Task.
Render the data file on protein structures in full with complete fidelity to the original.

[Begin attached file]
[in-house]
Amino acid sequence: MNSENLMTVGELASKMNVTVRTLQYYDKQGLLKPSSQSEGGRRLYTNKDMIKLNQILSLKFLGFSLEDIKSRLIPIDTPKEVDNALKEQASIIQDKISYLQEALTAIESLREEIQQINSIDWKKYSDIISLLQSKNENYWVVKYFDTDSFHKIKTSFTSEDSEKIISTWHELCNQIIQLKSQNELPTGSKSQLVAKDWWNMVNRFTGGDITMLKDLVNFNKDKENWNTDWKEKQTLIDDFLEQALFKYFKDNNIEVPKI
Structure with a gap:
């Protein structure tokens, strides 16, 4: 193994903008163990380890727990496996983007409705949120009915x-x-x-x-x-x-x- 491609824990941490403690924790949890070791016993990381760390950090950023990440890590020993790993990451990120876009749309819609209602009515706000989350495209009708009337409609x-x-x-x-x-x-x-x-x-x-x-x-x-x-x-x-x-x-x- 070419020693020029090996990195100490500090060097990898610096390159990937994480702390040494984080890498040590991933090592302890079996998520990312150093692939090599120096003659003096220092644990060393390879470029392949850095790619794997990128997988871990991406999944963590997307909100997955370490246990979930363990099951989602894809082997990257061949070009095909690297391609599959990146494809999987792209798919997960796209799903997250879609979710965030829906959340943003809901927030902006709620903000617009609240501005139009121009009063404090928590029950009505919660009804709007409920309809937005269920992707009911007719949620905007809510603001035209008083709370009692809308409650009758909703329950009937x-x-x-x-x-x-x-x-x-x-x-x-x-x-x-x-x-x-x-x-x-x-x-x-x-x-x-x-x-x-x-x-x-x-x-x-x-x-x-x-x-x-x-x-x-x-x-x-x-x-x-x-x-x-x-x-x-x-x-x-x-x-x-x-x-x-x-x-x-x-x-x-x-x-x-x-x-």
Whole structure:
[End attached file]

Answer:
[in-house]
Amino acid sequence: MNSENLMTVGELASKMNVTVRTLQYYDKQGLLKPSSQSEGGRRLYTNKDMIKLNQILSLKFLGFSLEDIKSRLIPIDTPKEVDNALKEQASIIQDKISYLQEALTAIESLREEIQQINSIDWKKYSDIISLLQSKNENYWVVKYFDTDSFHKIKTSFTSEDSEKIISTWHELCNQIIQLKSQNELPTGSKSQLVAKDWWNMVNRFTGGDITMLKDLVNFNKDKENWNTDWKEKQTLIDDFLEQALFKYFKDNNIEVPKI
Structure with a gap:
């Protein structure tokens, strides 16, 4: 193994903008163990380890727990496996983007409705949120009915x-x-x-x-x-x-x- 491609824990941490403690924790949890070791016993990381760390950090950023990440890590020993790993990451990120876009749309819609209602009515706000989350495209009708009337409609x-x-x-x-x-x-x-x-x-x-x-x-x-x-x-x-x-x-x- 070419020693020029090996990195100490500090060097990898610096390159990937994480702390040494984080890498040590991933090592302890079996998520990312150093692939090599120096003659003096220092644990060393390879470029392949850095790619794997990128997988871990991406999944963590997307909100997955370490246990979930363990099951989602894809082997990257061949070009095909690297391609599959990146494809999987792209798919997960796209799903997250879609979710965030829906959340943003809901927030902006709620903000617009609240501005139009121009009063404090928590029950009505919660009804709007409920309809937005269920992707009911007719949620905007809510603001035209008083709370009692809308409650009758909703329950009937x-x-x-x-x-x-x-x-x-x-x-x-x-x-x-x-x-x-x-x-x-x-x-x-x-x-x-x-x-x-x-x-x-x-x-x-x-x-x-x-x-x-x-x-x-x-x-x-x-x-x-x-x-x-x-x-x-x-x-x-x-x-x-x-x-x-x-x-x-x-x-x-x-x-x-x-x-």
Whole structure: